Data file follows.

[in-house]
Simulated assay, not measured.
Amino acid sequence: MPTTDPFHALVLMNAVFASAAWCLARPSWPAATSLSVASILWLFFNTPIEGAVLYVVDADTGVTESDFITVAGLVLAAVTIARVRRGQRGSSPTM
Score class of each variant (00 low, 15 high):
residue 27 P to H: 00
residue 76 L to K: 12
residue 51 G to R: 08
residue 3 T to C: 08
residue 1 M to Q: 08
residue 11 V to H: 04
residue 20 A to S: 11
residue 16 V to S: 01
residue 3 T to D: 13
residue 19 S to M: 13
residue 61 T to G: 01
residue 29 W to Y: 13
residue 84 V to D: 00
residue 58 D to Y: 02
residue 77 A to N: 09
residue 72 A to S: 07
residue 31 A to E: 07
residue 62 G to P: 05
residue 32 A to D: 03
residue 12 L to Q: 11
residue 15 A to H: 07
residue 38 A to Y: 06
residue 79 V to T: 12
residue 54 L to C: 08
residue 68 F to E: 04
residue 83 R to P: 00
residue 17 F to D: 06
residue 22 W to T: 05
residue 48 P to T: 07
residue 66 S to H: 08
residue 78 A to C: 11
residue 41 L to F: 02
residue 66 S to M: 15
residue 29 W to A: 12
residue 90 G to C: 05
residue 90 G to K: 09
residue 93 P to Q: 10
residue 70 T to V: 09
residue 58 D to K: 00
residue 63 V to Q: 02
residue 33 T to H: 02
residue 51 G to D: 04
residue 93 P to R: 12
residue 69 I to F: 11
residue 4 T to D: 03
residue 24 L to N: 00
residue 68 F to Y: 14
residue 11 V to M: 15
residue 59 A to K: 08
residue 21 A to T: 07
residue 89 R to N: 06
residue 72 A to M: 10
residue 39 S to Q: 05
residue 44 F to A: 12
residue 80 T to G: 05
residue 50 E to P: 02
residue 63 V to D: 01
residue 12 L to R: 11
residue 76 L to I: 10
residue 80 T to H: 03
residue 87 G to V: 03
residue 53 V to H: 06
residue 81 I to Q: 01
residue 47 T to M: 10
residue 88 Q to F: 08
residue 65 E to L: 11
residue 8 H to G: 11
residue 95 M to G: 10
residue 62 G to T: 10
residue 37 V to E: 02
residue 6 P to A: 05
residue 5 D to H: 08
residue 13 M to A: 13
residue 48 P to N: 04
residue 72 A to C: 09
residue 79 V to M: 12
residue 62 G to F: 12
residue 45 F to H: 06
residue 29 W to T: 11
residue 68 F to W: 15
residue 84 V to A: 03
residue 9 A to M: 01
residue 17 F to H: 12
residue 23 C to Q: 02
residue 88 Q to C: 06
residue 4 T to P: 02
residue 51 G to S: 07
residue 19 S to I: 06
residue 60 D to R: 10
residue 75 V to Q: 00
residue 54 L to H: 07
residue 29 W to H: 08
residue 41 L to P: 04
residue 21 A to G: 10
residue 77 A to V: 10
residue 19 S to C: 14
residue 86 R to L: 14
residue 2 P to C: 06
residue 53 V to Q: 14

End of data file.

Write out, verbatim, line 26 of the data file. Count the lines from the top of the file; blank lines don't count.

residue 38 A to Y: 06